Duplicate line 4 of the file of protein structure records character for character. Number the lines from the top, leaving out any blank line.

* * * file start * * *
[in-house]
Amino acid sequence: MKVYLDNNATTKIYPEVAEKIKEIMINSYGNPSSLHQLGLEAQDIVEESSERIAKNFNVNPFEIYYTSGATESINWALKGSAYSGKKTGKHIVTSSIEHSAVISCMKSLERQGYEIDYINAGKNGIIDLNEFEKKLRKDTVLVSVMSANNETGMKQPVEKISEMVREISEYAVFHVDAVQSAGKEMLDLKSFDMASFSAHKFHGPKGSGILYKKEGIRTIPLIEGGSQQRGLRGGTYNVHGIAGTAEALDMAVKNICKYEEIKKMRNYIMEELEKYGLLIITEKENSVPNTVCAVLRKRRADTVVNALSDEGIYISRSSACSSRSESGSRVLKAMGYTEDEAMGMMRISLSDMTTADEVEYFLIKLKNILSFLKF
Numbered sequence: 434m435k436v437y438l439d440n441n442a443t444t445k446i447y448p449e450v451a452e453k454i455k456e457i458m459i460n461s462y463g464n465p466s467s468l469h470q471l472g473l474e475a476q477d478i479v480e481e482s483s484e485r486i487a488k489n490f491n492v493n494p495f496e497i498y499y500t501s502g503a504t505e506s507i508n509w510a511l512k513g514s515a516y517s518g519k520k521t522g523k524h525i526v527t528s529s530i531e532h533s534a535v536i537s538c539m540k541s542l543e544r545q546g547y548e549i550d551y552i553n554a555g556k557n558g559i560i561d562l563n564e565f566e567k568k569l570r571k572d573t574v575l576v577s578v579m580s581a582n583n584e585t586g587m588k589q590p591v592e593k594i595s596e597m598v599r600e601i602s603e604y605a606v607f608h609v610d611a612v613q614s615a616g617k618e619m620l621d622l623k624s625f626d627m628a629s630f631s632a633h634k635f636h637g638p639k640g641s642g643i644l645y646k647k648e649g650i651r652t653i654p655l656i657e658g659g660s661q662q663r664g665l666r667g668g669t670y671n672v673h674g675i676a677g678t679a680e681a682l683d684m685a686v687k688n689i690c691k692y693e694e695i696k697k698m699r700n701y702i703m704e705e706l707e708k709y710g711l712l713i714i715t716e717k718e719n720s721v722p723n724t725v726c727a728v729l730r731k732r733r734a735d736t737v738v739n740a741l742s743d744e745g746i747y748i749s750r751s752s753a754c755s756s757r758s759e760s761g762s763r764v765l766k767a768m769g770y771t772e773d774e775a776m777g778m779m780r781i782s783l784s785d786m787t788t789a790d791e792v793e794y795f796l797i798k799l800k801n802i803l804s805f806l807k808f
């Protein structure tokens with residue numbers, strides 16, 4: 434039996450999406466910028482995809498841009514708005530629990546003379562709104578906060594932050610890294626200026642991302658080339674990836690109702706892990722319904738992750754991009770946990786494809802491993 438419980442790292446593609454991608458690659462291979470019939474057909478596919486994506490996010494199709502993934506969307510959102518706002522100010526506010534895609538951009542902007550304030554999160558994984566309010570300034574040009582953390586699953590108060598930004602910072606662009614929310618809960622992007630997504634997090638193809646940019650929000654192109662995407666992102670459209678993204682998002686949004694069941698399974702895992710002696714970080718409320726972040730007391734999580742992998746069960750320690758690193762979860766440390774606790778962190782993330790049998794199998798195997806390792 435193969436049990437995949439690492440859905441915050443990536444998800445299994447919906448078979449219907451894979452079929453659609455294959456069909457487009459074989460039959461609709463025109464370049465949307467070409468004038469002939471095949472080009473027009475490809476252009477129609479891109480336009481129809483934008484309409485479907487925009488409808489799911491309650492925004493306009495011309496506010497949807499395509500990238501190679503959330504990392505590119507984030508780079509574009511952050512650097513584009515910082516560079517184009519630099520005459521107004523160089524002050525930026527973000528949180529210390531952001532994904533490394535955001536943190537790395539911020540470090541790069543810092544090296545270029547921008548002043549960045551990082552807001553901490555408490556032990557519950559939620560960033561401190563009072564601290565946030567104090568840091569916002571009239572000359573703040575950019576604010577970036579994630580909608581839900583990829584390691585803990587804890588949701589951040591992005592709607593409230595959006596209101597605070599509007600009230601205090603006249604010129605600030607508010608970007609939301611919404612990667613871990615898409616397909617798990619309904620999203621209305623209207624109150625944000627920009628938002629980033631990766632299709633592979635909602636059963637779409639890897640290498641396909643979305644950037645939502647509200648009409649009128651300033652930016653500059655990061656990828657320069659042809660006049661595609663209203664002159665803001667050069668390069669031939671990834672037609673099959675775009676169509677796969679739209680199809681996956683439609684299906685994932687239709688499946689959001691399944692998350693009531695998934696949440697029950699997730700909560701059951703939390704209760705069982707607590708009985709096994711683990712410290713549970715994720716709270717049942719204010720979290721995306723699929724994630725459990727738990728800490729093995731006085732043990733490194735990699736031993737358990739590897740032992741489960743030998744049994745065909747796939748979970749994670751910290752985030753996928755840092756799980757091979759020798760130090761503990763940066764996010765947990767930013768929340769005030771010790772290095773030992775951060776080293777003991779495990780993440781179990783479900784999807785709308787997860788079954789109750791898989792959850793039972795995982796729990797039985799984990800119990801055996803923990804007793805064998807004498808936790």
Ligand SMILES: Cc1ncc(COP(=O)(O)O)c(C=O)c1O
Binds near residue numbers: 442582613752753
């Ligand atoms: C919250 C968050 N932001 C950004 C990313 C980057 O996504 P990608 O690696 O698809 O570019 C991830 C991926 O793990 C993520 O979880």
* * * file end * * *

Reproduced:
């Protein structure tokens with residue numbers, strides 16, 4: 434039996450999406466910028482995809498841009514708005530629990546003379562709104578906060594932050610890294626200026642991302658080339674990836690109702706892990722319904738992750754991009770946990786494809802491993 438419980442790292446593609454991608458690659462291979470019939474057909478596919486994506490996010494199709502993934506969307510959102518706002522100010526506010534895609538951009542902007550304030554999160558994984566309010570300034574040009582953390586699953590108060598930004602910072606662009614929310618809960622992007630997504634997090638193809646940019650929000654192109662995407666992102670459209678993204682998002686949004694069941698399974702895992710002696714970080718409320726972040730007391734999580742992998746069960750320690758690193762979860766440390774606790778962190782993330790049998794199998798195997806390792 435193969436049990437995949439690492440859905441915050443990536444998800445299994447919906448078979449219907451894979452079929453659609455294959456069909457487009459074989460039959461609709463025109464370049465949307467070409468004038469002939471095949472080009473027009475490809476252009477129609479891109480336009481129809483934008484309409485479907487925009488409808489799911491309650492925004493306009495011309496506010497949807499395509500990238501190679503959330504990392505590119507984030508780079509574009511952050512650097513584009515910082516560079517184009519630099520005459521107004523160089524002050525930026527973000528949180529210390531952001532994904533490394535955001536943190537790395539911020540470090541790069543810092544090296545270029547921008548002043549960045551990082552807001553901490555408490556032990557519950559939620560960033561401190563009072564601290565946030567104090568840091569916002571009239572000359573703040575950019576604010577970036579994630580909608581839900583990829584390691585803990587804890588949701589951040591992005592709607593409230595959006596209101597605070599509007600009230601205090603006249604010129605600030607508010608970007609939301611919404612990667613871990615898409616397909617798990619309904620999203621209305623209207624109150625944000627920009628938002629980033631990766632299709633592979635909602636059963637779409639890897640290498641396909643979305644950037645939502647509200648009409649009128651300033652930016653500059655990061656990828657320069659042809660006049661595609663209203664002159665803001667050069668390069669031939671990834672037609673099959675775009676169509677796969679739209680199809681996956683439609684299906685994932687239709688499946689959001691399944692998350693009531695998934696949440697029950699997730700909560701059951703939390704209760705069982707607590708009985709096994711683990712410290713549970715994720716709270717049942719204010720979290721995306723699929724994630725459990727738990728800490729093995731006085732043990733490194735990699736031993737358990739590897740032992741489960743030998744049994745065909747796939748979970749994670751910290752985030753996928755840092756799980757091979759020798760130090761503990763940066764996010765947990767930013768929340769005030771010790772290095773030992775951060776080293777003991779495990780993440781179990783479900784999807785709308787997860788079954789109750791898989792959850793039972795995982796729990797039985799984990800119990801055996803923990804007793805064998807004498808936790």